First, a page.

More generally, these Macedonian human rights groups seek recognition by the Greek government of the existence of a Macedonian minority in Greece. They are working to end discrimination against Macedonians in Greece in the fields of education and employment, as well as in other areas of social, cultural, and political life. They want Macedonians in Greece to have the right to attend church services in Macedonian, to receive their primary and secondary education in Macedonian, and to publish newspapers and broadcast radio and television programs in Macedonian. They also want the right to establish Macedonian cultural organizations, such as the Center for Macedonian Culture, which was formed in Florina in 1984. Four Greek court decisions, however, have refused to grant the Center for Macedonian Culture legal recognition on the grounds that its purpose is to promote the idea of the existence of a Macedonian minority in Greece, an activity which was contrary to the national interests of Greece and therefore illegal. At present the founders of the Center for Macedonian Culture plan to bring their case before the European Commission on Human Rights. Finally, these groups have protested police interference with village festivals in which Macedonian folk songs and dances are performed. They have also protested the harassment and persecution of Macedonian human rights activists, some of whom have been dismissed from their jobs, denied entry into Greece, and deprived of their Greek citizenship.
In 1990, an international Macedonian delegation, which included representatives from Macedonian human rights organizations in Greece, Bulgaria, and the Republic of Macedonia, as well as Europe, Canada, and Australia, began to press their demands at annual meetings of the Conference on the Human Dimension of the Conference for Security and Cooperation in Europe. At one such meeting an Australian judge of Macedonian background confronted Greek government officials over the proper definition of national identity which should apply in the dispute over the human rights of the Macedonian minority in northern Greece. This is an excellent illustration of how, in the present era of globalization, nation-states like Greece are being challenged simultaneously from above and below, from without and within, by international organizations, on the one hand, and ethnic minorities, on the other. Ethnic minorities struggling for recognition and human rights from the nation-states they inhabit are now able to mobilize the support of diaspora communities abroad. They are beginning to shift the balance of power in their favor, and away from the nation-states they are struggling against, by appealing to international organizations. These organizations' commitment to human rights and cultural pluralism generally make them much more responsive to the plight of ethnic minorities than the governments of nation-states which are committed to nationalist ideologies of purity and homogeneity.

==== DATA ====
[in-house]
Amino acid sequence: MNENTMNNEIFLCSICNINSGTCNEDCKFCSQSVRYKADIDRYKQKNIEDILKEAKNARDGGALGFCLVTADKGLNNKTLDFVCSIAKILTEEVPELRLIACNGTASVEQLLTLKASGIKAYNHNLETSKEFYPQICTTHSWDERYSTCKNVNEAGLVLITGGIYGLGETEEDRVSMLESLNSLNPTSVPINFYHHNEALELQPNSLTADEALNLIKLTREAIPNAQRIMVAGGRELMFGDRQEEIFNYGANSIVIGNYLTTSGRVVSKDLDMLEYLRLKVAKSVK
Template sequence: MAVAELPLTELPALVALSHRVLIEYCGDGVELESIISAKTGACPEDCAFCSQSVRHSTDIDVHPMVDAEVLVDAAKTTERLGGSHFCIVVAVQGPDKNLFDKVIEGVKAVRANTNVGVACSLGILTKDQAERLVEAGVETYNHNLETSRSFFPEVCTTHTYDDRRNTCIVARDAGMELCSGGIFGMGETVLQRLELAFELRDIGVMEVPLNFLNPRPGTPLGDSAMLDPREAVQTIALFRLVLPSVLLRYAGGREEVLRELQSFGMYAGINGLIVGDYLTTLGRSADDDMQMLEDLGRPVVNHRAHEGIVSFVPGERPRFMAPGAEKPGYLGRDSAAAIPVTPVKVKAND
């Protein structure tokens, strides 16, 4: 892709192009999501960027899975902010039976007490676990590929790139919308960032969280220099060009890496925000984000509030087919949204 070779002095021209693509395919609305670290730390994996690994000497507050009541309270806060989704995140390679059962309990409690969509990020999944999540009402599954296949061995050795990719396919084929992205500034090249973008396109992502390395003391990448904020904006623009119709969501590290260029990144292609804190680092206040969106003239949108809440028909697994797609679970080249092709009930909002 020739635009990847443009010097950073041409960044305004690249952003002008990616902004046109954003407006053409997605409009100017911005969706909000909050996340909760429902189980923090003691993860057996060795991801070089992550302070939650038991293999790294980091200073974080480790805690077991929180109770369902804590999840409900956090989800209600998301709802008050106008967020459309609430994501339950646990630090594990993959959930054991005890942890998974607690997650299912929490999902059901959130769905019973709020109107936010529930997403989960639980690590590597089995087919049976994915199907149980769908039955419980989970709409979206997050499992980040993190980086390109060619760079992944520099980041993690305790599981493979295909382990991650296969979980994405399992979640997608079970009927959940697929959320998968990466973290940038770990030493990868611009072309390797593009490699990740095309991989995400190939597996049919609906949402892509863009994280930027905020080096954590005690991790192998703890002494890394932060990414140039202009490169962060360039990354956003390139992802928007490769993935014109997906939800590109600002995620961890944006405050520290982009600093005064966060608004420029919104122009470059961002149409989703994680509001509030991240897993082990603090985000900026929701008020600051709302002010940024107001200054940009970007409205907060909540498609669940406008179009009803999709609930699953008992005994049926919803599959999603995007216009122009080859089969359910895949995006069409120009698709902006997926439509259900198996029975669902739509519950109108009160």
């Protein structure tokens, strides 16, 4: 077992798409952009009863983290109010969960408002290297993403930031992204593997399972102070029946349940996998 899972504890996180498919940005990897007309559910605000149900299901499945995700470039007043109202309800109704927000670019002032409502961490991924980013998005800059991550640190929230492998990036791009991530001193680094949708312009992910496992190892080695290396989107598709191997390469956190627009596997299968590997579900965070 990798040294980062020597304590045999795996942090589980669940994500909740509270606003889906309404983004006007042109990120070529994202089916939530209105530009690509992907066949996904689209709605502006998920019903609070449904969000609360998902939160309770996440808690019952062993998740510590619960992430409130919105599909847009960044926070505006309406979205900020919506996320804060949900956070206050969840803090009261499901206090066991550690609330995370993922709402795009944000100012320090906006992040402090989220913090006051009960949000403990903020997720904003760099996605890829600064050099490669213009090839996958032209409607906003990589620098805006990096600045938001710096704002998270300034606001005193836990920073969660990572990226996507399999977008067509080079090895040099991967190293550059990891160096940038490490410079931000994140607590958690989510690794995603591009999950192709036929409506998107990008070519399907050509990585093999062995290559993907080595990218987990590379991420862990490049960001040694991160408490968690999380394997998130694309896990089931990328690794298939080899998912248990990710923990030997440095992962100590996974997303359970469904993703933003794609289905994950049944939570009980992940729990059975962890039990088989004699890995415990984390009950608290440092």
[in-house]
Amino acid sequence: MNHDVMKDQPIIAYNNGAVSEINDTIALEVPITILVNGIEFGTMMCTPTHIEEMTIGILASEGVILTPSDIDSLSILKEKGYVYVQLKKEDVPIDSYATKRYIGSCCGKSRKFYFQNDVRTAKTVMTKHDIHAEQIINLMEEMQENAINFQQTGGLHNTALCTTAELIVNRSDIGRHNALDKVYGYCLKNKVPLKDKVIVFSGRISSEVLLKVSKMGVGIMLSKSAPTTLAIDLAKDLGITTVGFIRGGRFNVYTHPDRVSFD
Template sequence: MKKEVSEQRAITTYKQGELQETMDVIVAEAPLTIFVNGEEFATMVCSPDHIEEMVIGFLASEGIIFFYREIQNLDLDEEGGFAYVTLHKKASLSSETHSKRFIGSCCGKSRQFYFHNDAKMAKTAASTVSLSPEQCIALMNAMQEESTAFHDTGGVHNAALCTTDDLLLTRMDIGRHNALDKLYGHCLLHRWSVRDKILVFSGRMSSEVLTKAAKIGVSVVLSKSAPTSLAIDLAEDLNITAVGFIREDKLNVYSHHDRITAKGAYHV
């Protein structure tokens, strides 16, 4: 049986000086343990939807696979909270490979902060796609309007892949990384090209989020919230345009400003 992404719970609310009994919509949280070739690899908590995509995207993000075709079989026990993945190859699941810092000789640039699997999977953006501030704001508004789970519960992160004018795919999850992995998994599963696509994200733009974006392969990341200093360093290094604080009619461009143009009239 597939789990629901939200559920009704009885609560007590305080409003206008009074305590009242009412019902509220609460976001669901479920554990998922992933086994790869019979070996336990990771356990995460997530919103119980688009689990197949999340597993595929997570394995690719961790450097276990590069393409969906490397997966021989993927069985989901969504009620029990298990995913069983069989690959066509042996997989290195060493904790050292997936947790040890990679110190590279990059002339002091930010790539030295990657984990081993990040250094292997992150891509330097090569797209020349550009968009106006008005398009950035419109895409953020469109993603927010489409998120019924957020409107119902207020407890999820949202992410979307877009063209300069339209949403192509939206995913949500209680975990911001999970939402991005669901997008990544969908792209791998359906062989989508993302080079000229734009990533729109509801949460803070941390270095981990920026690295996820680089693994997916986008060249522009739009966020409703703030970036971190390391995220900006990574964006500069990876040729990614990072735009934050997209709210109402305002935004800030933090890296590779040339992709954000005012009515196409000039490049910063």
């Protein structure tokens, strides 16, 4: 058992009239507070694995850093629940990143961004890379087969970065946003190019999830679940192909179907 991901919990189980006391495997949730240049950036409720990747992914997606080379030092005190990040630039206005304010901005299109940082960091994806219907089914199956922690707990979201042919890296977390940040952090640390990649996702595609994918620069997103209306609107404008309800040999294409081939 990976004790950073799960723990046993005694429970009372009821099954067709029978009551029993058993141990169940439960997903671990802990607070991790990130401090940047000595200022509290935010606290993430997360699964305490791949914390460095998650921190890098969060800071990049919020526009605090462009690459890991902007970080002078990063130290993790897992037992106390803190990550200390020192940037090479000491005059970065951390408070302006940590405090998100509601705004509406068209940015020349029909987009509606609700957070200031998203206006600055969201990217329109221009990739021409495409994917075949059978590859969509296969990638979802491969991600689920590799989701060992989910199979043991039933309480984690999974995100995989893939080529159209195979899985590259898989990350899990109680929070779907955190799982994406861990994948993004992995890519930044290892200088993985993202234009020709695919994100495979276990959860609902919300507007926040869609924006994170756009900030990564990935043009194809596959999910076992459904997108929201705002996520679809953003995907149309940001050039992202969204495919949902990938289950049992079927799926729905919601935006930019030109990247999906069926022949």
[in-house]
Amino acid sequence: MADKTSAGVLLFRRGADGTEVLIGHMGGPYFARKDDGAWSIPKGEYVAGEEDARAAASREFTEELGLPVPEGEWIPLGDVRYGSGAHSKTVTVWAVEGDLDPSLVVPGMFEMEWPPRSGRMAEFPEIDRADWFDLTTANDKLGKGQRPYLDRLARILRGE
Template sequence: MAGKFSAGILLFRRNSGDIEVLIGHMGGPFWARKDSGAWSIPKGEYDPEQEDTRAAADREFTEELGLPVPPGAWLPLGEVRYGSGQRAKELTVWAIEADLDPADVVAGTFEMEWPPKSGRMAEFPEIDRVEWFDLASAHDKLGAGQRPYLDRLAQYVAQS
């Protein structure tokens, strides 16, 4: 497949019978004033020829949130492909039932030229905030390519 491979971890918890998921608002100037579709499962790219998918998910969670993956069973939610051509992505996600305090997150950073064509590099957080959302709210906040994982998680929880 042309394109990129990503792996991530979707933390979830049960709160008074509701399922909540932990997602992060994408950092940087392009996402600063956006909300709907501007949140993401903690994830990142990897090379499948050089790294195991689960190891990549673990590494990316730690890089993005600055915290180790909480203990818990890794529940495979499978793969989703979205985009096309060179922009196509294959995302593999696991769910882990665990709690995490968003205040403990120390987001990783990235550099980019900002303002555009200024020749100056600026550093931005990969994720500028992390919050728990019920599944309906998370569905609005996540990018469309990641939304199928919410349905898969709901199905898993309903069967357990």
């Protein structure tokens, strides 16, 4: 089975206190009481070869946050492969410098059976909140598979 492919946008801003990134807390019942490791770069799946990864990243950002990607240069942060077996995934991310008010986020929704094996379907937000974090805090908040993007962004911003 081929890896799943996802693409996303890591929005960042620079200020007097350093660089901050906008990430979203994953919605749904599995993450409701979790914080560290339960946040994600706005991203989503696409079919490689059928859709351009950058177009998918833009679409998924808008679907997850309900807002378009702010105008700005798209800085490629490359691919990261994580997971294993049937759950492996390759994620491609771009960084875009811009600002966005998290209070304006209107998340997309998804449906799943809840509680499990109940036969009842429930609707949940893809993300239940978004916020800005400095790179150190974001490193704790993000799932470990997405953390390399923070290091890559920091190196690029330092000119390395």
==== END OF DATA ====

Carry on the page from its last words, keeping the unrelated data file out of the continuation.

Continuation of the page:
More recently, two Macedonian human rights activists, Christos Sideropoulos and Anastasios Boulis, both from the Florina area, were charged with criminal offenses as a result of comments they had made in an interview that appeared in the March 11, 1992, issue of Ena, a weekly magazine published in Athens. In the interview, Sideropoulos was quoted as saying that he was a Greek citizen, but that he had "a Macedonian national consciousness," while Boulos was quoted as saying simply, "I am not a Greek; I am a Macedonian."
By asserting the existence of a Macedonian minority in Greece, Sideropoulos and Boulos were charged with having spread "intentionally false information which might create unrest and fear among the citizens and which might affect the public security or harm the international relations of the country." During the five hour trial, which was attended by Ahmet Sadik, a Turkish member of the Greek parliament, two Greek neo-Nazi organizations, "Golden dawn" and "National Crusade," demonstrated outside the courthouse shouting, "We will conquer Skopje!" and "We will wash our hands with the blood of the Skopians!" Sideropoulos and Boulis were both found guilty and were fined 100,000 drachmas and sentenced to five months in prison.